Pet Birth Defects

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September 13th is Pet Birth Defect Awareness Day. The observance day was established in 2014 by Davis Rogers. The goal is to bring awareness of pet birth defects caused often by inbreeding or over-breeding situations and to encourage responsible pet owners to accommodate animals that need a bit of extra help. With awareness and the right treatments, pets born with defects can live normal lives. 

This blog discusses the causes of pet birth defects, the most common pet birth defects and the treatments for the common pet birth defects. 

Causes of Pet Birth Defects 

The causes of pet birth defects can range from a variety of reasons. Though none can directly pinpoint the exact reason an animal is born with a certain defect. The two main causes that are generally considered to have the biggest impact are genetics and maternal factors. 

Certain dogs and cats have medical and health conditions that are common in their breeds or with their specific lineage. Often, these genetic abnormalities are not able to be avoided. Maternal factors also play a role in pet birth defects. Environmental factors such as nutritional deficiencies of the mother, toxins and viruses play an important role in how the puppy or kitten  forms in the womb.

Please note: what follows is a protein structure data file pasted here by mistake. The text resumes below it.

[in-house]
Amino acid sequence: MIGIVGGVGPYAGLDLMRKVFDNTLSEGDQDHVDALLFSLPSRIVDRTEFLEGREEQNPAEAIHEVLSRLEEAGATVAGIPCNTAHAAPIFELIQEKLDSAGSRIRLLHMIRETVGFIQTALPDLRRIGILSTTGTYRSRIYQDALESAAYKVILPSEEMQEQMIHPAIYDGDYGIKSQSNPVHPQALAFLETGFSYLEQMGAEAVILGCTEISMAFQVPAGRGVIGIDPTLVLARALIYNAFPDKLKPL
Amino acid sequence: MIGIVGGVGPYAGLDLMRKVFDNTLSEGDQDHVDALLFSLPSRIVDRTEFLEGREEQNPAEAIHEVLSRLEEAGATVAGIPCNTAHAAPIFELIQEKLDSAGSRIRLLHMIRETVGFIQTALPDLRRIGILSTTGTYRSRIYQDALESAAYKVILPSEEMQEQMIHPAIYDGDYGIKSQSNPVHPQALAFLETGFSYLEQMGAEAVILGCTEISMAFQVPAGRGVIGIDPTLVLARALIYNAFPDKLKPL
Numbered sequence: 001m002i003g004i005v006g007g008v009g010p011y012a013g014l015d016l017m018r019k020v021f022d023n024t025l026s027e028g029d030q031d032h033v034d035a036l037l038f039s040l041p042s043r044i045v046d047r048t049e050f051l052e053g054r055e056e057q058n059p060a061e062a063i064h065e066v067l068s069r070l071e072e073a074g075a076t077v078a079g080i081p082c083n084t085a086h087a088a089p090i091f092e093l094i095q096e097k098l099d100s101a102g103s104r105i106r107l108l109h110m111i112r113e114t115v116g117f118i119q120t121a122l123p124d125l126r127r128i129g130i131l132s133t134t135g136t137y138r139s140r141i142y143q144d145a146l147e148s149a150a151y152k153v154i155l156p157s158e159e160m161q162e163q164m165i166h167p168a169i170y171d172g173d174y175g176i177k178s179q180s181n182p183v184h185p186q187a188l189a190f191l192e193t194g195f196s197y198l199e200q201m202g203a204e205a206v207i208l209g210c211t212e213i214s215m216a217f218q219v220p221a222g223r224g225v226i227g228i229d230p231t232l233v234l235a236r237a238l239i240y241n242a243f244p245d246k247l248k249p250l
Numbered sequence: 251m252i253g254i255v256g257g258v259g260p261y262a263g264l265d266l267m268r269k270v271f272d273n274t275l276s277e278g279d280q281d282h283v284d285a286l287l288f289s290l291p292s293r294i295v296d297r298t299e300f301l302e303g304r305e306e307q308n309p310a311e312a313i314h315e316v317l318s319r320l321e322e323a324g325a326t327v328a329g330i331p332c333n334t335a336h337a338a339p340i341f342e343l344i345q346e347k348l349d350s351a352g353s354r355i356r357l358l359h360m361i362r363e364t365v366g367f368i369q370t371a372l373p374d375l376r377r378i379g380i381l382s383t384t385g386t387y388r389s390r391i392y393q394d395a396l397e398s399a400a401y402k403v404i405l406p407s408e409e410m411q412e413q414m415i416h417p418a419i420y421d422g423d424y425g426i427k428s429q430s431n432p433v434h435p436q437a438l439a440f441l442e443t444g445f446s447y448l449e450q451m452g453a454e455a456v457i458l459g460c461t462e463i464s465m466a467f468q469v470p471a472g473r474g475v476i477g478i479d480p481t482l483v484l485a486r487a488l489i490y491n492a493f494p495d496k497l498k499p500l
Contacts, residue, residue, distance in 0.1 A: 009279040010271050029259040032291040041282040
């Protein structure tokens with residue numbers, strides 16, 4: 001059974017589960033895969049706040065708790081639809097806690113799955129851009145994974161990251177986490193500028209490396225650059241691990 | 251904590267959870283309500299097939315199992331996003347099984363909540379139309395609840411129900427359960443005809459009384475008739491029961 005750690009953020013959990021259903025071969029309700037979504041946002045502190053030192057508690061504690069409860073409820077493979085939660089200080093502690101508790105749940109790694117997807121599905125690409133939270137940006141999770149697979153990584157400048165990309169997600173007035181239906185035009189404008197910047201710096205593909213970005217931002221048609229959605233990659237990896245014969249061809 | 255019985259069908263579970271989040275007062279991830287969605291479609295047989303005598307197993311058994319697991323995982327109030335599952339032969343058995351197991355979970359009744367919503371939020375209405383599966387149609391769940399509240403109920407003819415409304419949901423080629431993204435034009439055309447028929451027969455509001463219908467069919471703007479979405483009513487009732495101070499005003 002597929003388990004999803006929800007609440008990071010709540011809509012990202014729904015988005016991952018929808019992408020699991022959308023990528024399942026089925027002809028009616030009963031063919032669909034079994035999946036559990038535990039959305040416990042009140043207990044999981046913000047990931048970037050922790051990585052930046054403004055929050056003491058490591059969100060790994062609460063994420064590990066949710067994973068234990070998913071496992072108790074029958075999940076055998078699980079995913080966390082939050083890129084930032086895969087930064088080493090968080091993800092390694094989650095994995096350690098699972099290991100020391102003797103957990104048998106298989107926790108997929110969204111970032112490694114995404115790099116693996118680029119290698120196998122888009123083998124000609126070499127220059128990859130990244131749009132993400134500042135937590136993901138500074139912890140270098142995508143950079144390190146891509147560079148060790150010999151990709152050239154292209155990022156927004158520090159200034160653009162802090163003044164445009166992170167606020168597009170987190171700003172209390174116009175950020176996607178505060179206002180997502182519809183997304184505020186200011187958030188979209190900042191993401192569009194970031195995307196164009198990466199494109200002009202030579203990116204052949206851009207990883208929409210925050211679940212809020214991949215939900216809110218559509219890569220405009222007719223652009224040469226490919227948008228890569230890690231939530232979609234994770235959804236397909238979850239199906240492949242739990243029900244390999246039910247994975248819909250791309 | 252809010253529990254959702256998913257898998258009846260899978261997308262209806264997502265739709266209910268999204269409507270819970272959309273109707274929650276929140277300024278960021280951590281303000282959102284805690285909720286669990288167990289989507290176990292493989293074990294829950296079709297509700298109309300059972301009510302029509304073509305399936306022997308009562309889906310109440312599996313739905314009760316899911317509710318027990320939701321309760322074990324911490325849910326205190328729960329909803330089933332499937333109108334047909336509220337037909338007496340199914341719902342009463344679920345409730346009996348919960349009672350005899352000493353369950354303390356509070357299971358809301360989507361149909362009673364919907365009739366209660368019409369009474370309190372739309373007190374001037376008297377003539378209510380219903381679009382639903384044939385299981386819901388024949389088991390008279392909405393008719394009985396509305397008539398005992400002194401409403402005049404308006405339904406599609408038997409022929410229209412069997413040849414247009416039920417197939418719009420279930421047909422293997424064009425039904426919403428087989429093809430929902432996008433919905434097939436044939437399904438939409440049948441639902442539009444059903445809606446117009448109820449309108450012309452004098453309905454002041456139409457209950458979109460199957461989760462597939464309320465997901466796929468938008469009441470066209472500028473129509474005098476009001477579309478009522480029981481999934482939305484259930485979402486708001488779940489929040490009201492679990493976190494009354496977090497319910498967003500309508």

Common Types of Pet Birth Defects 

Cleft  Palates 

This genetic abnormality has a 25% incidence among pets. A cleft palate is the hard and soft palates at the roof of the mouth not properly closing during the puppy or kitten’s development in the womb. This opening can range from small to large. It causes difficulty for the pet in eating and nursing which can result in poor growth. The animal may also develop a facial deformity such as a cleft lip. Dog breeds that are genetically prone to cleft palates are Shih-tzus, cocker spaniels, beagles, miniature schnauzers, Great Pyrenees, Brittany spaniels and dachshunds.  


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Umbilical hernia

Normally, the area where the umbilical cord connects the puppy or kitten to their mother dries up and falls off after birth, leaving a completely healed little belly button. When this spot does not heal properly, an opening is left that allows the abdominal lining, fat or organs to push through that space. This creates a bulge in the location of the belly button. There is no concern for this genetic abnormality when it is small. Many veterinarians compare it to a protruding belly button. When the umbilical hernia is large risks arise. With a bigger opening a section of an intestine can drop through and may not return to the inside of the body. This creates a pinched intestine that can cause a build up of toxins as it prevents food and waste from being able to move. 

Limb Deformities

Limb deformities include being born without feet (apodia), without certain bones in the limbs, born with split toes, missing toes or toes fused together. An animal’s hind legs are more susceptible to this genetic abnormality. Limb deformities are noticeable right away when the puppy or kitten are born.